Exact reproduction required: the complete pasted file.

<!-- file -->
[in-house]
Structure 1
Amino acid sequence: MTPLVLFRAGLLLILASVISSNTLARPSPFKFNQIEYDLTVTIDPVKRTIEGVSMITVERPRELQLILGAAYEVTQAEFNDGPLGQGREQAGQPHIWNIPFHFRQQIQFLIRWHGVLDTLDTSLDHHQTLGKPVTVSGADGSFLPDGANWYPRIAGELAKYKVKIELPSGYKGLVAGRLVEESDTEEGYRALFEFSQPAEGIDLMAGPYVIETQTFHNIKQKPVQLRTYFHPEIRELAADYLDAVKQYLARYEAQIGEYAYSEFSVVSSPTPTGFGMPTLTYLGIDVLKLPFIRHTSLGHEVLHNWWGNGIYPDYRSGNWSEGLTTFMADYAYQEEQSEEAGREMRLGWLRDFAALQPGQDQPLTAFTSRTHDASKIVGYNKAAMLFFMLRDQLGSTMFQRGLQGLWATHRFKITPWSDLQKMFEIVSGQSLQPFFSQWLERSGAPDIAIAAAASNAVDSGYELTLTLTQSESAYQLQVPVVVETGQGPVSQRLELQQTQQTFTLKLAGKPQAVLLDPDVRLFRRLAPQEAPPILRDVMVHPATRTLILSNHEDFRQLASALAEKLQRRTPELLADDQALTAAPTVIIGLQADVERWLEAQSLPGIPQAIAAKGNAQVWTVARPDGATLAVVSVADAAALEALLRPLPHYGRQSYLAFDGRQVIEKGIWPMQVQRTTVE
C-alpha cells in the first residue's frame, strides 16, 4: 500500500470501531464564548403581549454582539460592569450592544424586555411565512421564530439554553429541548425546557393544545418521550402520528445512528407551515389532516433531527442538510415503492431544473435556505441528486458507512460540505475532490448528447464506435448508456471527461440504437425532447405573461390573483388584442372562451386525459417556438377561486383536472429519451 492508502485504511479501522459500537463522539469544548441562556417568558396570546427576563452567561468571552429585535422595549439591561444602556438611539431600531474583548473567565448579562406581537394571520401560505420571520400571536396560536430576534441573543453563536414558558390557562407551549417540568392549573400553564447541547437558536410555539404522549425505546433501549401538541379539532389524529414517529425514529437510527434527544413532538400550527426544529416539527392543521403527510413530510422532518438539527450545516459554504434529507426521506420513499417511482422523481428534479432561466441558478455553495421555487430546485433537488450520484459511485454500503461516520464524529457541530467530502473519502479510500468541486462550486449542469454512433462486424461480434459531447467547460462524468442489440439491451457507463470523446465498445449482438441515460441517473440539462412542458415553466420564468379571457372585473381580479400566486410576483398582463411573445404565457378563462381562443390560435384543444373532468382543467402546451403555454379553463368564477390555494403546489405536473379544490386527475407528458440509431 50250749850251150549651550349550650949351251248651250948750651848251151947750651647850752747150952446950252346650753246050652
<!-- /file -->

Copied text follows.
[in-house]
Structure 1
Amino acid sequence: MTPLVLFRAGLLLILASVISSNTLARPSPFKFNQIEYDLTVTIDPVKRTIEGVSMITVERPRELQLILGAAYEVTQAEFNDGPLGQGREQAGQPHIWNIPFHFRQQIQFLIRWHGVLDTLDTSLDHHQTLGKPVTVSGADGSFLPDGANWYPRIAGELAKYKVKIELPSGYKGLVAGRLVEESDTEEGYRALFEFSQPAEGIDLMAGPYVIETQTFHNIKQKPVQLRTYFHPEIRELAADYLDAVKQYLARYEAQIGEYAYSEFSVVSSPTPTGFGMPTLTYLGIDVLKLPFIRHTSLGHEVLHNWWGNGIYPDYRSGNWSEGLTTFMADYAYQEEQSEEAGREMRLGWLRDFAALQPGQDQPLTAFTSRTHDASKIVGYNKAAMLFFMLRDQLGSTMFQRGLQGLWATHRFKITPWSDLQKMFEIVSGQSLQPFFSQWLERSGAPDIAIAAAASNAVDSGYELTLTLTQSESAYQLQVPVVVETGQGPVSQRLELQQTQQTFTLKLAGKPQAVLLDPDVRLFRRLAPQEAPPILRDVMVHPATRTLILSNHEDFRQLASALAEKLQRRTPELLADDQALTAAPTVIIGLQADVERWLEAQSLPGIPQAIAAKGNAQVWTVARPDGATLAVVSVADAAALEALLRPLPHYGRQSYLAFDGRQVIEKGIWPMQVQRTTVE
C-alpha cells in the first residue's frame, strides 16, 4: 500500500470501531464564548403581549454582539460592569450592544424586555411565512421564530439554553429541548425546557393544545418521550402520528445512528407551515389532516433531527442538510415503492431544473435556505441528486458507512460540505475532490448528447464506435448508456471527461440504437425532447405573461390573483388584442372562451386525459417556438377561486383536472429519451 492508502485504511479501522459500537463522539469544548441562556417568558396570546427576563452567561468571552429585535422595549439591561444602556438611539431600531474583548473567565448579562406581537394571520401560505420571520400571536396560536430576534441573543453563536414558558390557562407551549417540568392549573400553564447541547437558536410555539404522549425505546433501549401538541379539532389524529414517529425514529437510527434527544413532538400550527426544529416539527392543521403527510413530510422532518438539527450545516459554504434529507426521506420513499417511482422523481428534479432561466441558478455553495421555487430546485433537488450520484459511485454500503461516520464524529457541530467530502473519502479510500468541486462550486449542469454512433462486424461480434459531447467547460462524468442489440439491451457507463470523446465498445449482438441515460441517473440539462412542458415553466420564468379571457372585473381580479400566486410576483398582463411573445404565457378563462381562443390560435384543444373532468382543467402546451403555454379553463368564477390555494403546489405536473379544490386527475407528458440509431 50250749850251150549651550349550650949351251248651250948750651848251151947750651647850752747150952446950252346650753246050652